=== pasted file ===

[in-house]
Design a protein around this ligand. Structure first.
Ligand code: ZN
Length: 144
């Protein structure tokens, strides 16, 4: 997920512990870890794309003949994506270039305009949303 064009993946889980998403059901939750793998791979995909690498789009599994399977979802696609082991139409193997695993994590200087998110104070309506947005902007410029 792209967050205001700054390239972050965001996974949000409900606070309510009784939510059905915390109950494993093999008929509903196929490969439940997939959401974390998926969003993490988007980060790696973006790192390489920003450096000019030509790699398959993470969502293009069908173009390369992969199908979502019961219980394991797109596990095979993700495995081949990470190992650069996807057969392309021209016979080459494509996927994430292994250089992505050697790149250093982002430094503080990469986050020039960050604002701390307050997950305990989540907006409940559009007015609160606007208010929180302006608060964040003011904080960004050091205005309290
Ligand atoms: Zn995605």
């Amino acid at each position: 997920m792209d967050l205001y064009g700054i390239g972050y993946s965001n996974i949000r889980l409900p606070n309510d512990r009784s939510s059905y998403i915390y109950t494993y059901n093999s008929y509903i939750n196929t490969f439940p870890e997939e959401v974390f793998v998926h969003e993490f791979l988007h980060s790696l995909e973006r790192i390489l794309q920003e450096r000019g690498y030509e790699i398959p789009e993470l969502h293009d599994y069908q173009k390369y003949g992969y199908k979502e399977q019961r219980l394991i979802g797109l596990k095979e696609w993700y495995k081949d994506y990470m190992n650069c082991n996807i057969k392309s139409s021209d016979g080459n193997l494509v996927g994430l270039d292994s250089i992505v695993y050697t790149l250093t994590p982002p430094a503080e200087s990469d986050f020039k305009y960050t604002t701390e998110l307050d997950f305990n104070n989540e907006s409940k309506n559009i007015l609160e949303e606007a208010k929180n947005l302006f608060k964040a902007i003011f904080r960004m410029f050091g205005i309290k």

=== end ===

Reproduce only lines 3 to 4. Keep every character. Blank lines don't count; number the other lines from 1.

Ligand code: ZN
Length: 144